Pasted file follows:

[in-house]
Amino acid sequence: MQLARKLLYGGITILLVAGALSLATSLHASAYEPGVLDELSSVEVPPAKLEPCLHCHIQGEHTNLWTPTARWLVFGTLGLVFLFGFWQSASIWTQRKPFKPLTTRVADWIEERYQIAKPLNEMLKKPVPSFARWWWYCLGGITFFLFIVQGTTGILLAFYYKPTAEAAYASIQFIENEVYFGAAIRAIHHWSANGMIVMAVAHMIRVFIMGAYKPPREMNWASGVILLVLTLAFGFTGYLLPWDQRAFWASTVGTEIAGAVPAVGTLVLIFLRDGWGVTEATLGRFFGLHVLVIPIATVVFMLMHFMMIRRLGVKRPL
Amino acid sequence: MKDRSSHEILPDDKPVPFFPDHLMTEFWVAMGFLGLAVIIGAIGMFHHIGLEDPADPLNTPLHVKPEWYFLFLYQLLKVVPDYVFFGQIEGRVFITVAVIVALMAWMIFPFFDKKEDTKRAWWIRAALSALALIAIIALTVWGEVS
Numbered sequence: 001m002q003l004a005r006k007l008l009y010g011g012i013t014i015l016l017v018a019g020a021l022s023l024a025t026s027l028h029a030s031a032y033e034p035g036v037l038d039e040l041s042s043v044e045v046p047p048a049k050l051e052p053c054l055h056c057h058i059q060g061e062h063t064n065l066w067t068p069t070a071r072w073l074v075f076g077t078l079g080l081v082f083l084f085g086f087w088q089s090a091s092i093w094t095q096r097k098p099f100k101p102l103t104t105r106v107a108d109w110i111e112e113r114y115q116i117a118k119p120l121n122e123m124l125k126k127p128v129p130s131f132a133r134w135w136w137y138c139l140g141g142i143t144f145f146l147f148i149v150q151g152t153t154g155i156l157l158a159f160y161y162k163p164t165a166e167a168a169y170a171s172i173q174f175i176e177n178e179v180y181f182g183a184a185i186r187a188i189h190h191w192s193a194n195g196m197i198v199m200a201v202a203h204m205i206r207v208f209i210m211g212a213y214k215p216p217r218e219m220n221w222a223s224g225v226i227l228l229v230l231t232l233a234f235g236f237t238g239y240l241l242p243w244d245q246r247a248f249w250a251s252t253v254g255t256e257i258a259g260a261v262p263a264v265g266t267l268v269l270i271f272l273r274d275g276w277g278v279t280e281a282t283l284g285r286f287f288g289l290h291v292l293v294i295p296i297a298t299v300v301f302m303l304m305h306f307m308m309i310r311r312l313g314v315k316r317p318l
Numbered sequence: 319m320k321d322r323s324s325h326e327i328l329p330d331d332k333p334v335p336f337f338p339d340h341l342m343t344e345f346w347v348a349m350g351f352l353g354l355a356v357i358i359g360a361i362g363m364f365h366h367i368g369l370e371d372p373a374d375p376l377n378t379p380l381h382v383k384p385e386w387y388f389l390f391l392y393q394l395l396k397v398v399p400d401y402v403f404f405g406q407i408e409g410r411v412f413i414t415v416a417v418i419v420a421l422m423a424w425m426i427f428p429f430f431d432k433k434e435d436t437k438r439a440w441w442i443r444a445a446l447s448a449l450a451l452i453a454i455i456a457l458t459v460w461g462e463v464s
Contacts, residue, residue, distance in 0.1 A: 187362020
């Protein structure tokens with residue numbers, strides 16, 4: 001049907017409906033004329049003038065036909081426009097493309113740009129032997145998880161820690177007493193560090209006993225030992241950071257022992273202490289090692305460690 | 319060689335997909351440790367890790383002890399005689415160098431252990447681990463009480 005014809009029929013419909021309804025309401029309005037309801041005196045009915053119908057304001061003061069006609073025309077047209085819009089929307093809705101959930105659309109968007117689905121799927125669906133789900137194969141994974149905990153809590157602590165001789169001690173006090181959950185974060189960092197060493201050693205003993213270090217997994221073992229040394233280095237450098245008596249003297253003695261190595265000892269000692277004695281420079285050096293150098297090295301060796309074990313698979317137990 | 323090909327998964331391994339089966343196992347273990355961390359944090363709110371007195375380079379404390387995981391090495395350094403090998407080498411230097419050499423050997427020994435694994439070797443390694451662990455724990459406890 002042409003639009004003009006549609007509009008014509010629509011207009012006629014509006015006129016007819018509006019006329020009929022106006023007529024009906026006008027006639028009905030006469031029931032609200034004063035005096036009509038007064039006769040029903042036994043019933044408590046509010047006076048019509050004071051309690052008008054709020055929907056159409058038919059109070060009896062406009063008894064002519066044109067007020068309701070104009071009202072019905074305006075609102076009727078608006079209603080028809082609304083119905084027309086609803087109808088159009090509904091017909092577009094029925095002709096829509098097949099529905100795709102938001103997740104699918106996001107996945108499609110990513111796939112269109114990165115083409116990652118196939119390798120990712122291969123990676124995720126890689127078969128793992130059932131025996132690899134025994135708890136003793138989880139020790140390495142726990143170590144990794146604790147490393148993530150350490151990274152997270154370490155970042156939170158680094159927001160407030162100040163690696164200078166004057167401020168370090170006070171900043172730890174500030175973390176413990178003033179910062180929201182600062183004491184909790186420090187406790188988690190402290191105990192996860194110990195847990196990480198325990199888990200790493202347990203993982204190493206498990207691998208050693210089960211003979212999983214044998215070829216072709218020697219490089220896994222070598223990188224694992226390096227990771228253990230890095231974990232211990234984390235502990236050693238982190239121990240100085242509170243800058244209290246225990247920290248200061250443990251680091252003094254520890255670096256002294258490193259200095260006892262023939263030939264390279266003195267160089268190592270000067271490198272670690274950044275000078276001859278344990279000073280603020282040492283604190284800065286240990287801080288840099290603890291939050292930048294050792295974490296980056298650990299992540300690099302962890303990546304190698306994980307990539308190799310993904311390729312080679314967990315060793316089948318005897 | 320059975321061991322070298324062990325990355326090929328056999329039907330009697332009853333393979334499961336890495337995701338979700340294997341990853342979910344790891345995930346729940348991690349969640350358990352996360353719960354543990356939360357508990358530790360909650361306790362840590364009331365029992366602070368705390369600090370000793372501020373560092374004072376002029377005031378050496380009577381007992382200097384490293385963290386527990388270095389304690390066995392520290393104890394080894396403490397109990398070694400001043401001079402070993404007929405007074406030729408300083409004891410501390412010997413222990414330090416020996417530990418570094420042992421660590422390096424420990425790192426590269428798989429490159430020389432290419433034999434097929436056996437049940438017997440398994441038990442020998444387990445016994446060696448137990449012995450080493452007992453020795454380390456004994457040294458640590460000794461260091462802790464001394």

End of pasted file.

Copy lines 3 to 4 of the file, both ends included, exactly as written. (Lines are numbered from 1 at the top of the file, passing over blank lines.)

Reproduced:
Amino acid sequence: MKDRSSHEILPDDKPVPFFPDHLMTEFWVAMGFLGLAVIIGAIGMFHHIGLEDPADPLNTPLHVKPEWYFLFLYQLLKVVPDYVFFGQIEGRVFITVAVIVALMAWMIFPFFDKKEDTKRAWWIRAALSALALIAIIALTVWGEVS
Numbered sequence: 001m002q003l004a005r006k007l008l009y010g011g012i013t014i015l016l017v018a019g020a021l022s023l024a025t026s027l028h029a030s031a032y033e034p035g036v037l038d039e040l041s042s043v044e045v046p047p048a049k050l051e052p053c054l055h056c057h058i059q060g061e062h063t064n065l066w067t068p069t070a071r072w073l074v075f076g077t078l079g080l081v082f083l084f085g086f087w088q089s090a091s092i093w094t095q096r097k098p099f100k101p102l103t104t105r106v107a108d109w110i111e112e113r114y115q116i117a118k119p120l121n122e123m124l125k126k127p128v129p130s131f132a133r134w135w136w137y138c139l140g141g142i143t144f145f146l147f148i149v150q151g152t153t154g155i156l157l158a159f160y161y162k163p164t165a166e167a168a169y170a171s172i173q174f175i176e177n178e179v180y181f182g183a184a185i186r187a188i189h190h191w192s193a194n195g196m197i198v199m200a201v202a203h204m205i206r207v208f209i210m211g212a213y214k215p216p217r218e219m220n221w222a223s224g225v226i227l228l229v230l231t232l233a234f235g236f237t238g239y240l241l242p243w244d245q246r247a248f249w250a251s252t253v254g255t256e257i258a259g260a261v262p263a264v265g266t267l268v269l270i271f272l273r274d275g276w277g278v279t280e281a282t283l284g285r286f287f288g289l290h291v292l293v294i295p296i297a298t299v300v301f302m303l304m305h306f307m308m309i310r311r312l313g314v315k316r317p318l